Careers That Involve Math & Science

by Gregory Hamel

Math and science are pillars of modern education, and most careers grounded in these disciplines require more than a high school diploma. Rigorous higher education is necessary for workers to learn the skills and techniques to be on the cutting edge of math and science. Careers that make heavy use of advanced mathematics and science tend to require a bachelor's degree at the minimum, and many positions require advanced degrees.

Physicists

Physicists are scientists who study the physical properties of the universe, such as gravity, motion, light and atoms. Physicists are at the forefront of many discoveries that advance human understanding about how the universe works. The Bureau of Labor Statistics says that physicists earned $112,090 a year on average in May 2011. The top 25 percent of physicists earned more than $138,600 a year and the bottom quarter earned less than $79,260 a year. About a third of physicists worked for private companies involved in scientific research and development, 20 percent worked for the federal government, and 16 percent worked for colleges, universities and professional schools, according to the BLS.

Astronomers

Astronomers make heavy use of scientific principles and mathematics to study heavenly bodies and astronomical phenomena. Their work may revolve around research into stars, comets, black holes and supernovae. The Bureau of Labor Statistics reports that astronomers earned $101,630 a year on average in 2011. Workers in the top quarter of the pay scale made more than $143,340 a year and workers in the bottom quarter earned less than $61,020 a year. Fifty-three percent of astronomers worked for colleges, universities and professional schools; 23 percent worked for the federal government; and 22 percent worked for other organizations involved in scientific research and development, the BLS says.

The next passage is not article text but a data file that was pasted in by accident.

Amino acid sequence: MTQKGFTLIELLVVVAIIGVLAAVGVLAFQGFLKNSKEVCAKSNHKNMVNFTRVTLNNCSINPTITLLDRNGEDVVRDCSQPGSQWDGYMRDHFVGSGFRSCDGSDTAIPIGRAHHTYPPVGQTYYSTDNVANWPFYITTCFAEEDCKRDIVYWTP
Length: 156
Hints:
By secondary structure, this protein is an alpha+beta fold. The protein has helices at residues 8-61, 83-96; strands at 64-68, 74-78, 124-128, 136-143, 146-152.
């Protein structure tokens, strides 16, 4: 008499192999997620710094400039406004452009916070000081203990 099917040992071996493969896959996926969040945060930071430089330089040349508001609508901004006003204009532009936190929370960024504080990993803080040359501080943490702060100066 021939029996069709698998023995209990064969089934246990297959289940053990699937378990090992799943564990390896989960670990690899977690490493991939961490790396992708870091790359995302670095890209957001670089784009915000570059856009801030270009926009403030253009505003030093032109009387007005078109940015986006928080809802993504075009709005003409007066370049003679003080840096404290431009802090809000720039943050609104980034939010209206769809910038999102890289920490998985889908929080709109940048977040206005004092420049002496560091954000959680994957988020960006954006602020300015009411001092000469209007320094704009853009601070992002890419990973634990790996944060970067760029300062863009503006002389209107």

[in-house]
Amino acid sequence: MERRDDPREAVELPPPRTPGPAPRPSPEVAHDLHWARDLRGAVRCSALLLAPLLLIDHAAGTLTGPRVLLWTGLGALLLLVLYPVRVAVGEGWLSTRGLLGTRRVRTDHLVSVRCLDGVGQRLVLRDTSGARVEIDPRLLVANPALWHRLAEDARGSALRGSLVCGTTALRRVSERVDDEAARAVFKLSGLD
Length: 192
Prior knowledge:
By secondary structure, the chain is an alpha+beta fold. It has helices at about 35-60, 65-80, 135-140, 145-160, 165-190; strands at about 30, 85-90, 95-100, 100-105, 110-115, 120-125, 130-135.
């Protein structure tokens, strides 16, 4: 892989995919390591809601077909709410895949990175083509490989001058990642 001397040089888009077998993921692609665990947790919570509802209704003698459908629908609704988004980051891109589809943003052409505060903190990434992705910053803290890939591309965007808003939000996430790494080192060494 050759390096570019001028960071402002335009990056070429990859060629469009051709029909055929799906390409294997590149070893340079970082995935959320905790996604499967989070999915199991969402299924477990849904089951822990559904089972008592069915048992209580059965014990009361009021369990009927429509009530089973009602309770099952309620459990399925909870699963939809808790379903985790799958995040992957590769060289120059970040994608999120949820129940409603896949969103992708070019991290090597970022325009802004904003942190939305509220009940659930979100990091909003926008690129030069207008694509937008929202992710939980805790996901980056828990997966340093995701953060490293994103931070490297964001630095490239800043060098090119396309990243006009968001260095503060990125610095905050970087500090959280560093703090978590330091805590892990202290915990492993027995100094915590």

Mathematicians

Professional mathematicians use advanced mathematical techniques to solve real world problems in science, business, engineering and other fields. The Bureau of Labor Statistics says that 37 percent of mathematicians worked for the federal government in May 2011; 26 percent were engaged in private scientific research and development; and 16 percent worked for colleges, universities and professional schools. Eight percent of workers in the occupation provided scientific and technical consulting services to businesses. Mathematicians earned $101,320 a year on average, which translates to an average wage of $48.71 an hour. Mathematicians in the top 25 percent earned more than $122,760 a year and workers in the bottom 10 percent made less than $70,960 a year.

Statisticians

Statisticians collect and interpret data using mathematical techniques to gain insight into real world events. Statistics are used heavily in scientific research, business and economics. The top employers of statisticians include the federal government, insurance carriers, state governments and private research organizations. Bureau of Labor Statistics data shows that statisticians earned $77,280 a year on average in 2011. Workers in the top 25 percent made more than $97,410 a year and workers in the bottom 10 percent made less than $52,330 a year. Statisticians earned an average hourly wage of $35.52.

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